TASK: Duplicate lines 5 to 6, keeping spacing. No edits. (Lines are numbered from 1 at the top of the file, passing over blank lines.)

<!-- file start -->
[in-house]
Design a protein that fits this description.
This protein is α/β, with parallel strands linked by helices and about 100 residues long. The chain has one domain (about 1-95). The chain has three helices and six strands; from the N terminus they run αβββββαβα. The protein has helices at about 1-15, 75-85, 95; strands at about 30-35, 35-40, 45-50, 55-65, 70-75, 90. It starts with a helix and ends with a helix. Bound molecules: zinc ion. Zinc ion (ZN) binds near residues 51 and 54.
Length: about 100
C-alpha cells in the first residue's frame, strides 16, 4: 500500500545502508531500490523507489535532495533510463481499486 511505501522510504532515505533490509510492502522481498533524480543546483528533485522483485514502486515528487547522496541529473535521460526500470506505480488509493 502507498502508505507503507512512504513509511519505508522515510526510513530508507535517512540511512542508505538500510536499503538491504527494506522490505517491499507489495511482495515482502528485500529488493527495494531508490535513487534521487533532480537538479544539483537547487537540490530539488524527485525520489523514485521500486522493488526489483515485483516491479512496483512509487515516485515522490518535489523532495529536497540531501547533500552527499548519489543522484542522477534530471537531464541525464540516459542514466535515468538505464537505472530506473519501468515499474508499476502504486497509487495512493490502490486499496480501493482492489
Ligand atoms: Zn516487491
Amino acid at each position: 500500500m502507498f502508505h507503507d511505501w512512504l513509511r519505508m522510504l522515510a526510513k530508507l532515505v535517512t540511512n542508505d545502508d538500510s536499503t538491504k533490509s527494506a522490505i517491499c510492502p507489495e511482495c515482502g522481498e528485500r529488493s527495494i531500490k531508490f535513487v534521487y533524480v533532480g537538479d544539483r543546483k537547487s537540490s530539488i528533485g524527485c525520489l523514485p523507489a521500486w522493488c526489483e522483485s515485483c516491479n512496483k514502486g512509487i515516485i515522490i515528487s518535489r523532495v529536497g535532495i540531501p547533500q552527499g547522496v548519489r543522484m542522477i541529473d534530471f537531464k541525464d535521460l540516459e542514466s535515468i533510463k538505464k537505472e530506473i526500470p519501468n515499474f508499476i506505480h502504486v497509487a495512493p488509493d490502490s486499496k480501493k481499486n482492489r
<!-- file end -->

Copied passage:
C-alpha cells in the first residue's frame, strides 16, 4: 500500500545502508531500490523507489535532495533510463481499486 511505501522510504532515505533490509510492502522481498533524480543546483528533485522483485514502486515528487547522496541529473535521460526500470506505480488509493 502507498502508505507503507512512504513509511519505508522515510526510513530508507535517512540511512542508505538500510536499503538491504527494506522490505517491499507489495511482495515482502528485500529488493527495494531508490535513487534521487533532480537538479544539483537547487537540490530539488524527485525520489523514485521500486522493488526489483515485483516491479512496483512509487515516485515522490518535489523532495529536497540531501547533500552527499548519489543522484542522477534530471537531464541525464540516459542514466535515468538505464537505472530506473519501468515499474508499476502504486497509487495512493490502490486499496480501493482492489
Ligand atoms: Zn516487491